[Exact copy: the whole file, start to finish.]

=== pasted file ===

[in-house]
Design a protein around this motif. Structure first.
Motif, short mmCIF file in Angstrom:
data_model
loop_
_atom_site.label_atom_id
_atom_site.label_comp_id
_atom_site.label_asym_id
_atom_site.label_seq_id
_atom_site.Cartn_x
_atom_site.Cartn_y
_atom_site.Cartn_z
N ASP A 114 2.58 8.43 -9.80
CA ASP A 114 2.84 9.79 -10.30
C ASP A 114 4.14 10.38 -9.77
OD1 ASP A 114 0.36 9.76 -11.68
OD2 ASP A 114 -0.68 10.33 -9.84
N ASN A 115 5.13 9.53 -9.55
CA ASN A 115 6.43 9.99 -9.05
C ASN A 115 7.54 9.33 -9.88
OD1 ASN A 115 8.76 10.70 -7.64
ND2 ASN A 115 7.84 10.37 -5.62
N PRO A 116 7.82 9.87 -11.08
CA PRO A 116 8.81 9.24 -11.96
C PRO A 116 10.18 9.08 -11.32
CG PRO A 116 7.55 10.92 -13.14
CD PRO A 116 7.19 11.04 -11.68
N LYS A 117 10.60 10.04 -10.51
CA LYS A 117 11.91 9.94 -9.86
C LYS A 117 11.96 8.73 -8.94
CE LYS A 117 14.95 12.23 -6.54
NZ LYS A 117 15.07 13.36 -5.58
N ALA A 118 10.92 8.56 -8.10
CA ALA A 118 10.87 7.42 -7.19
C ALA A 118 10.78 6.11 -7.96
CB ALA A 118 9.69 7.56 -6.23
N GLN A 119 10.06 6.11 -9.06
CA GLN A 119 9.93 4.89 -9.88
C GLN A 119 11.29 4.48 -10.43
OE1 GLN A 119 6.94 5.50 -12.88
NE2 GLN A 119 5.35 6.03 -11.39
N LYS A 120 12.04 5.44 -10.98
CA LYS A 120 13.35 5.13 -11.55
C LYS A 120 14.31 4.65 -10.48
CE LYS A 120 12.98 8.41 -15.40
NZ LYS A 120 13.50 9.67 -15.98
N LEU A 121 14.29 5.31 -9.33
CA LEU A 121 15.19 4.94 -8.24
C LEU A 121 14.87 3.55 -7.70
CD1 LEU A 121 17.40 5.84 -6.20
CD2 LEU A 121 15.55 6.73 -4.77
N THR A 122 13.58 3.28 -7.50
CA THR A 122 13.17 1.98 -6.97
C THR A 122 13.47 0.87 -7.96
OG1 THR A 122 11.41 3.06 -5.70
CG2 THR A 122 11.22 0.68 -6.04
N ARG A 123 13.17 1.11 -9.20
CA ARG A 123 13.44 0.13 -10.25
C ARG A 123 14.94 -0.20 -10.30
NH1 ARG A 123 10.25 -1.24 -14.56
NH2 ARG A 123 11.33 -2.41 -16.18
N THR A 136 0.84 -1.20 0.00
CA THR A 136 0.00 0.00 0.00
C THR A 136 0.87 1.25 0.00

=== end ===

[in-house]
Design a protein around this motif. Structure first.
Motif, short mmCIF file in Angstrom:
data_model
loop_
_atom_site.label_atom_id
_atom_site.label_comp_id
_atom_site.label_asym_id
_atom_site.label_seq_id
_atom_site.Cartn_x
_atom_site.Cartn_y
_atom_site.Cartn_z
N ASP A 114 2.58 8.43 -9.80
CA ASP A 114 2.84 9.79 -10.30
C ASP A 114 4.14 10.38 -9.77
OD1 ASP A 114 0.36 9.76 -11.68
OD2 ASP A 114 -0.68 10.33 -9.84
N ASN A 115 5.13 9.53 -9.55
CA ASN A 115 6.43 9.99 -9.05
C ASN A 115 7.54 9.33 -9.88
OD1 ASN A 115 8.76 10.70 -7.64
ND2 ASN A 115 7.84 10.37 -5.62
N PRO A 116 7.82 9.87 -11.08
CA PRO A 116 8.81 9.24 -11.96
C PRO A 116 10.18 9.08 -11.32
CG PRO A 116 7.55 10.92 -13.14
CD PRO A 116 7.19 11.04 -11.68
N LYS A 117 10.60 10.04 -10.51
CA LYS A 117 11.91 9.94 -9.86
C LYS A 117 11.96 8.73 -8.94
CE LYS A 117 14.95 12.23 -6.54
NZ LYS A 117 15.07 13.36 -5.58
N ALA A 118 10.92 8.56 -8.10
CA ALA A 118 10.87 7.42 -7.19
C ALA A 118 10.78 6.11 -7.96
CB ALA A 118 9.69 7.56 -6.23
N GLN A 119 10.06 6.11 -9.06
CA GLN A 119 9.93 4.89 -9.88
C GLN A 119 11.29 4.48 -10.43
OE1 GLN A 119 6.94 5.50 -12.88
NE2 GLN A 119 5.35 6.03 -11.39
N LYS A 120 12.04 5.44 -10.98
CA LYS A 120 13.35 5.13 -11.55
C LYS A 120 14.31 4.65 -10.48
CE LYS A 120 12.98 8.41 -15.40
NZ LYS A 120 13.50 9.67 -15.98
N LEU A 121 14.29 5.31 -9.33
CA LEU A 121 15.19 4.94 -8.24
C LEU A 121 14.87 3.55 -7.70
CD1 LEU A 121 17.40 5.84 -6.20
CD2 LEU A 121 15.55 6.73 -4.77
N THR A 122 13.58 3.28 -7.50
CA THR A 122 13.17 1.98 -6.97
C THR A 122 13.47 0.87 -7.96
OG1 THR A 122 11.41 3.06 -5.70
CG2 THR A 122 11.22 0.68 -6.04
N ARG A 123 13.17 1.11 -9.20
CA ARG A 123 13.44 0.13 -10.25
C ARG A 123 14.94 -0.20 -10.30
NH1 ARG A 123 10.25 -1.24 -14.56
NH2 ARG A 123 11.33 -2.41 -16.18
N THR A 136 0.84 -1.20 0.00
CA THR A 136 0.00 0.00 0.00
C THR A 136 0.87 1.25 0.00